Hopefully this is a situation that never happens to you, but if you accidentally hit an animal while driving, there are steps you need to take. From calling and reporting the accident to the police to filing insurance claims, we’ve covered the basics on what to do if you’re driving and hit a wild animal or someone’s pet.
If You Hit a Wild Animal with Your Car
It’s reported that 1 out of every 17 car collisions is due to a driver hitting wildlife that wanders out onto the road. Two lane roads are the most common place for these types of collisions to occur, so chances of these types of collisions happening are very high.
If you hit an animal, make sure you’re safe first.
If you hit a deer, skunk, coyote, or other wild animal, you should turn your hazard lights, then make sure it’s safe to slow down and pull over. Only do so if you’re not causing danger to any other drivers. After pulling over, make sure that you’re physically okay and assess the situation. Try to gauge if the animal you hit is alive, hurt, or dead.
Call for emergency assistance after you hit an animal.
If you do not know the number for any emergency assistance or your local police department, it’s recommended that you call 9-1-1. They can direct your call to the local animal control or police department. Tell them your location, and explain you hit an animal and it may be injured. It helps if you know whether the animal is stuck on the road or not, since an injured animal can be a traffic hazard. Make sure you stay in the area until help arrives.
If you hit an animal and kill it, try to remove it.
Try to remove the animal’s body from the road so it’s not a hazard for other drivers. If you can’t move it by yourself, report to the local police department the location of the animal’s body so they can arrange for it’s removal. This helps prevent scavengers from being attracted to the body and gets rid of any future potential for traffic hazards.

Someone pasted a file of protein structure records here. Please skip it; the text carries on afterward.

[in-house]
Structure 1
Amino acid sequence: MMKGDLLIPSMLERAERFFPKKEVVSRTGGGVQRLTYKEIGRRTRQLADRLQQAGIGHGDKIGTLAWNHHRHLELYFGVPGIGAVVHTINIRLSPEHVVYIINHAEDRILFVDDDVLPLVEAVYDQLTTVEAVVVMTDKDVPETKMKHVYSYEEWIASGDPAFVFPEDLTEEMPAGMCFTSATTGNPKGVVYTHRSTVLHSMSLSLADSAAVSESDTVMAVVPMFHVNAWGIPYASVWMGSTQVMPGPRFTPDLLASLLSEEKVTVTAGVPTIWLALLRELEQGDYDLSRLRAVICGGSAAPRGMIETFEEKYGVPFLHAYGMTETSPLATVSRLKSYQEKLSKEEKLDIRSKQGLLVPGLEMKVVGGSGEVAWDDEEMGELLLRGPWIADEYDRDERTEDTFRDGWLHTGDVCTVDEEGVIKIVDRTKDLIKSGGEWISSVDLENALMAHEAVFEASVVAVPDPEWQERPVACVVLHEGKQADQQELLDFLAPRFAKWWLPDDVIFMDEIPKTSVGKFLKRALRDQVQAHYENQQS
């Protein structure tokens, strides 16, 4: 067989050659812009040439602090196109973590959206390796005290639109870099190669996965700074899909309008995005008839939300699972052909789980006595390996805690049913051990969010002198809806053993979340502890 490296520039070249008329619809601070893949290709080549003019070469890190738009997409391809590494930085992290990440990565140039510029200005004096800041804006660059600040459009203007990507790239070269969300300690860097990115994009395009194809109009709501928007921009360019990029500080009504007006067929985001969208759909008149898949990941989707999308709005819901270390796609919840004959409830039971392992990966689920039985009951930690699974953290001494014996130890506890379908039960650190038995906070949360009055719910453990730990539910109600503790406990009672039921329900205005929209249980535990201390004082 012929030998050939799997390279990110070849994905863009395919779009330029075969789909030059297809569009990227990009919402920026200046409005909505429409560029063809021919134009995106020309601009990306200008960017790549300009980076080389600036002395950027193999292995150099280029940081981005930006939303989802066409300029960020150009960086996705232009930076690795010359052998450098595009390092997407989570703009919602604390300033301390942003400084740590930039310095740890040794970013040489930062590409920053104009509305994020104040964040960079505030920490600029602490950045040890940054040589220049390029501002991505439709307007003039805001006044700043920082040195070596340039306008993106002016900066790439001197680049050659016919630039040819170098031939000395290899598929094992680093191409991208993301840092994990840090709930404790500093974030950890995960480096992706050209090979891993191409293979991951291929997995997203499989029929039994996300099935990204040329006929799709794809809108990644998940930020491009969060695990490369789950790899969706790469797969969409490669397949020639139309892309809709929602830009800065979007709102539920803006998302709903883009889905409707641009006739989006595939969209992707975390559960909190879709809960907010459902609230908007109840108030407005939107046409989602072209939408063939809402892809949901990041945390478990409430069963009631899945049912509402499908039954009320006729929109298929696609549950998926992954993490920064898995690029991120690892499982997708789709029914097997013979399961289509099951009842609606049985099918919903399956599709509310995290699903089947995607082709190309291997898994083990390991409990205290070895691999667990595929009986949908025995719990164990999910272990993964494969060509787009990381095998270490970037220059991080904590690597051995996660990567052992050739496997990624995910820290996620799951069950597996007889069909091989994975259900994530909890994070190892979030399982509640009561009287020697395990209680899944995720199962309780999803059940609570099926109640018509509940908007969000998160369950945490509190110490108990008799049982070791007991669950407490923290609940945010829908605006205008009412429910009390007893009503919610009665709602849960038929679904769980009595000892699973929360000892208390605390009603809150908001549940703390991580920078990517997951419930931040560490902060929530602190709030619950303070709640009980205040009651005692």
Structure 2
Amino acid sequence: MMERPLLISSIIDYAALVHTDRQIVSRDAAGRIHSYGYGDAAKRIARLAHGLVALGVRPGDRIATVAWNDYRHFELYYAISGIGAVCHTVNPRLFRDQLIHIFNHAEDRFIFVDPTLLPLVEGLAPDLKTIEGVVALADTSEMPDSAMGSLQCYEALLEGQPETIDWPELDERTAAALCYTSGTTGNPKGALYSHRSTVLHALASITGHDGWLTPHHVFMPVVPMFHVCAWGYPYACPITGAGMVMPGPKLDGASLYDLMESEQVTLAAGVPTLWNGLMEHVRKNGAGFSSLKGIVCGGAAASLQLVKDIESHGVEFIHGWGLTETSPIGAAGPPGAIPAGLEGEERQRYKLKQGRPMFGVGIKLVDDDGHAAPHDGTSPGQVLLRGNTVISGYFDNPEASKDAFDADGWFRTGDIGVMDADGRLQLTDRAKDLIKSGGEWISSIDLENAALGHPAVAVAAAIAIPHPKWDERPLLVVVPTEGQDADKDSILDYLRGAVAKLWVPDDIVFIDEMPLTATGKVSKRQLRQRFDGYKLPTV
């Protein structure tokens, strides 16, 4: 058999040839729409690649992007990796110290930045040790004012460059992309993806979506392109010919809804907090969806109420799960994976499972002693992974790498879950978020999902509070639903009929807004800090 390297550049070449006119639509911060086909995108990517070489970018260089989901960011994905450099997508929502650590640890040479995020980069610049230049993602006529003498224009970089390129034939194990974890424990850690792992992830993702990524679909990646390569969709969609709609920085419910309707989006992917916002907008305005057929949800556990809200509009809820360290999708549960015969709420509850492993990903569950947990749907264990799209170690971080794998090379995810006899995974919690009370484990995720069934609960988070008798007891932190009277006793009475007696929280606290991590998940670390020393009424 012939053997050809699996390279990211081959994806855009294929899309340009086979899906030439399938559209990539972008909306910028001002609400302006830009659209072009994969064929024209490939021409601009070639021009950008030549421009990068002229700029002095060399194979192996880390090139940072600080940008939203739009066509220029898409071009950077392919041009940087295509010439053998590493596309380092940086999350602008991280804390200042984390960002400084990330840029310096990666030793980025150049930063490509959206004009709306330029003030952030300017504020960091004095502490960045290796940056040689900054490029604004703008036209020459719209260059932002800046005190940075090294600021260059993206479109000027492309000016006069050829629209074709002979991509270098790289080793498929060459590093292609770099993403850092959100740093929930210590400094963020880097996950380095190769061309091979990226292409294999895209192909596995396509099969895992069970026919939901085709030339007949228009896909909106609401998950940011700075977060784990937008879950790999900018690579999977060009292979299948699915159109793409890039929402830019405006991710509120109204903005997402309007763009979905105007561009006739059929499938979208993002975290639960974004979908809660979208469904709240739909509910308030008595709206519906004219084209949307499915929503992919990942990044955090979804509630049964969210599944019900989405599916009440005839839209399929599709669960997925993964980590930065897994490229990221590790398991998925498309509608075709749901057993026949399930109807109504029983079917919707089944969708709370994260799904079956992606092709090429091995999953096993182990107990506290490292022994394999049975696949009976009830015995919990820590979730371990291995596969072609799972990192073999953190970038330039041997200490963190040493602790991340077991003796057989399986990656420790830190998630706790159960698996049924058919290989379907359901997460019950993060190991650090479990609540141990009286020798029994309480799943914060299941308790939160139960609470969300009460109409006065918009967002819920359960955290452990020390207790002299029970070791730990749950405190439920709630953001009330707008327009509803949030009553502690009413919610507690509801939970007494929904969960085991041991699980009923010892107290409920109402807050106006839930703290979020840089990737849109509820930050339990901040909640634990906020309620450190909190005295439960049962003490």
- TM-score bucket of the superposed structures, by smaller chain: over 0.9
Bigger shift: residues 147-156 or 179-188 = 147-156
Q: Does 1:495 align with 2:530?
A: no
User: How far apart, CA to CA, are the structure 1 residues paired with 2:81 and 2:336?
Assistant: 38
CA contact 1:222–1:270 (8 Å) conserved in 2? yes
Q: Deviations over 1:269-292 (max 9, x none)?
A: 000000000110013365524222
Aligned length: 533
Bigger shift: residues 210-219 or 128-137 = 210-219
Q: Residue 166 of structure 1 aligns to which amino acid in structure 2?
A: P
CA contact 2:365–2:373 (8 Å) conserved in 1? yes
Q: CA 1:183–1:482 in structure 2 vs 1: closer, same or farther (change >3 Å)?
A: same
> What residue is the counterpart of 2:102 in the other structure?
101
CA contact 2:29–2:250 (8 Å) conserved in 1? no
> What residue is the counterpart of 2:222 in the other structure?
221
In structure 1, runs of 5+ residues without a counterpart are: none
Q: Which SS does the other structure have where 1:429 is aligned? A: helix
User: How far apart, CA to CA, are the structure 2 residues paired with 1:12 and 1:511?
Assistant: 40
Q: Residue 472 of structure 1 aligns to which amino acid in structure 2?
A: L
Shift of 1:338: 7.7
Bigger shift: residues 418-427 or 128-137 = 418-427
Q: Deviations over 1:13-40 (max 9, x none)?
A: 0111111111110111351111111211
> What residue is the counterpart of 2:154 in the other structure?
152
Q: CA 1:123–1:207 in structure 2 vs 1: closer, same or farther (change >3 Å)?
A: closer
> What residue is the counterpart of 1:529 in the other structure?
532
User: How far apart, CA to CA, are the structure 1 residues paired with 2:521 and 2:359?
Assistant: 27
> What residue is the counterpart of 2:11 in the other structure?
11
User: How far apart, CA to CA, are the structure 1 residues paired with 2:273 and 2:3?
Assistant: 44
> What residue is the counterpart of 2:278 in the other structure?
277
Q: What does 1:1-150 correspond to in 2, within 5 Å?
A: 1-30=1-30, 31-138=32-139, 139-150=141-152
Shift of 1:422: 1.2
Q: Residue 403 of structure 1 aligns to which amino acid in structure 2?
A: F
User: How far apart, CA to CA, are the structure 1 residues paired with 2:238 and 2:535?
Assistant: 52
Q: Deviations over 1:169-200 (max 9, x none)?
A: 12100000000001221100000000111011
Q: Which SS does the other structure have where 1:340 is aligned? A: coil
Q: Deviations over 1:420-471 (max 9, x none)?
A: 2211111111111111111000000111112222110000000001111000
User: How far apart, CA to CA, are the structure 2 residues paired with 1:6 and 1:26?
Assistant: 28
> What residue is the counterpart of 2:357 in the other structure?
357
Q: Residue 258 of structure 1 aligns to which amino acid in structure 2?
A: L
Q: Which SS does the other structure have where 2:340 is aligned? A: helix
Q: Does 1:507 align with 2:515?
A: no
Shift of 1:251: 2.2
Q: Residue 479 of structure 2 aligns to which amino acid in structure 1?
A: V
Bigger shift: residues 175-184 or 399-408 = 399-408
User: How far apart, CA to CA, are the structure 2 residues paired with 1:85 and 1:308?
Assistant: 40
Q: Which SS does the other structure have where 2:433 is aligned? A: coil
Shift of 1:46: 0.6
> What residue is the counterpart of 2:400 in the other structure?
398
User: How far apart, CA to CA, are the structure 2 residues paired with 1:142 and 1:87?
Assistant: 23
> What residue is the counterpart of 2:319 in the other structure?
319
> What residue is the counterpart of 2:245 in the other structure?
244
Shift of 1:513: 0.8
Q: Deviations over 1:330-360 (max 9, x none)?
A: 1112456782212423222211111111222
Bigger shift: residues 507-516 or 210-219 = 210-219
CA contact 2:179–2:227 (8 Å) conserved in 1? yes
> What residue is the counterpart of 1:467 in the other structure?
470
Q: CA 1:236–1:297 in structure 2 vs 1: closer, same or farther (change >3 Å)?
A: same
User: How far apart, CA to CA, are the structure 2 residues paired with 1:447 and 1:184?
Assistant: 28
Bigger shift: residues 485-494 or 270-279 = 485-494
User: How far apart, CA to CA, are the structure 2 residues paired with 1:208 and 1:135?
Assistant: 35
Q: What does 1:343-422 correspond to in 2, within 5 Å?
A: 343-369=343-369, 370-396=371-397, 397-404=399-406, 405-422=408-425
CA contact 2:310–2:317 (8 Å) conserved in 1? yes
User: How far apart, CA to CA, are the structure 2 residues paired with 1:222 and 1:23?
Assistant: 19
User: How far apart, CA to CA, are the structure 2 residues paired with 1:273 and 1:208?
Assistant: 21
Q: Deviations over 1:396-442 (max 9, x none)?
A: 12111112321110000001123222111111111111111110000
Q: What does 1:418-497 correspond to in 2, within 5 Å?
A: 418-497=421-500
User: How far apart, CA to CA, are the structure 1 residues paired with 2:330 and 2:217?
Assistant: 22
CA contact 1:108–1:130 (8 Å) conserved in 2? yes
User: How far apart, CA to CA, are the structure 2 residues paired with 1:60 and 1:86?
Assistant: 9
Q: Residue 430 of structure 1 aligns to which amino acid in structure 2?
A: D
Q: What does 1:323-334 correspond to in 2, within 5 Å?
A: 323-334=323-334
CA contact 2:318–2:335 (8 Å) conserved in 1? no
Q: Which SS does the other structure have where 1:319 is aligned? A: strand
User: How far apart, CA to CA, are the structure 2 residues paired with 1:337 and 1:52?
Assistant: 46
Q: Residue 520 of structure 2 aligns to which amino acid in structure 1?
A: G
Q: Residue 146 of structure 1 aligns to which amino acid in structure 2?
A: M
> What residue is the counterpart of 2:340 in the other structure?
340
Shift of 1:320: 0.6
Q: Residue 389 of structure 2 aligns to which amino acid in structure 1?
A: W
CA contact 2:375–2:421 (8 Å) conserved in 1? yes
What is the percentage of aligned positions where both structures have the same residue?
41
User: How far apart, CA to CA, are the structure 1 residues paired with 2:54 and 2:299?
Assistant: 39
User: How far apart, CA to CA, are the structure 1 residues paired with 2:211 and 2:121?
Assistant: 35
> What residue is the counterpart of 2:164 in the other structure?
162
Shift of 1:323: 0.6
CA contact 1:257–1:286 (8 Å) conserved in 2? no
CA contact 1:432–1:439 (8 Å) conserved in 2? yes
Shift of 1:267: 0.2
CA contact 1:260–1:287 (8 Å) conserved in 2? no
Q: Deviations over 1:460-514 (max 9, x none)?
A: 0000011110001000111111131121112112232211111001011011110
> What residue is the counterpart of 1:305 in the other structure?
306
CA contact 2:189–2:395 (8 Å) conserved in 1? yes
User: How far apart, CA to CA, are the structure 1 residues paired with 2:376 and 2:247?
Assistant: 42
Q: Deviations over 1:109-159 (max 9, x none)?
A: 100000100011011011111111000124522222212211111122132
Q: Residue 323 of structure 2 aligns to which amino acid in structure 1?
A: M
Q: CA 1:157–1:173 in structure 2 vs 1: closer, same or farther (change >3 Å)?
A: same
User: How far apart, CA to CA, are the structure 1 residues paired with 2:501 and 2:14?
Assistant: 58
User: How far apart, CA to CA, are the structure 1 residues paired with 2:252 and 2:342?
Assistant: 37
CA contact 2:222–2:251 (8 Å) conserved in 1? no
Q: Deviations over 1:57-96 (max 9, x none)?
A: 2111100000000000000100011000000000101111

Don’t risk your safety.
If you can’t safely remove the animal you hit from the road or it is too aggressive to handle, don’t attempt to go near it. Injured animals can be very dangerous if they’re scared. Deer are large animals that can easily overpower one person, and animals that bite, like raccoons, can cause serious injuries. Try to use your emergency or hazard lights to warn any oncoming traffic of the injured animal and call for emergency assistance.
If You Hit a Cat or Dog with Your Car
Hitting a cat or dog that is someone’s pet is a more serious incident. A common question is do you have to stop if you hit a cat or dog? The answer is yes. If you hit a cat or dog that happens to be someone’s pet, it is the law to stop and report it to the proper authorities, since pets are considered personal property. If you do not stop and report to the authorities, either by calling the local police department or 9-1-1, you can be charged with a violation.
How to Lower Your Chances of Hitting a Deer or Other Animal While Driving
To lower your chances of hitting an animal, the Humane Society recommends doing a number of things, including:
- Follow the speed limits posted on roadways
- Be cautious and aware on roads surrounded by wood or fields
- Use your high beams when possible
- Scan the road while you drive
Is Hitting an Animal Covered by Insurance?
Typically, most auto comprehensive insurance policies cover hitting an animal. Hitting an animal is considered a covered loss under your comprehensive coverage, which states that collisions with a bird or other animal is covered.
If you are not sure, call your insurance provider and ask. It’s a good thing to know considering the average cost of a car collision with a deer for example, can usually be over $2,000. Larger animals will cause much more damage to your vehicle, and to make sure your car is safe to drive after hitting an animal, it’s important to get it checked out.
Texas Whitetail Deer Season
Texas is one of the best places to hunt deer because of its huge population of whitetail deer.
The Hill Country, which lies between Austin and San Antonio, in particular contains almost half of all the state’s deer.
But this also mean Texas residents need to be careful while driving since the chances of a deer crossing a road are much higher. Texas wardens recommend being more attentive from sunset to midnight, and before and after sunrise as these are the highest-risk times when deer are active. Deer are especially common in the winter, so be extra aware once that season hits. Try not to swerve or slam on your brakes if a deer jumps in front of your car. This could lead to you hitting other cars or losing control of your vehicle. The best thing you can do is maintain speed and direction because sometimes it’s an unavoidable accident.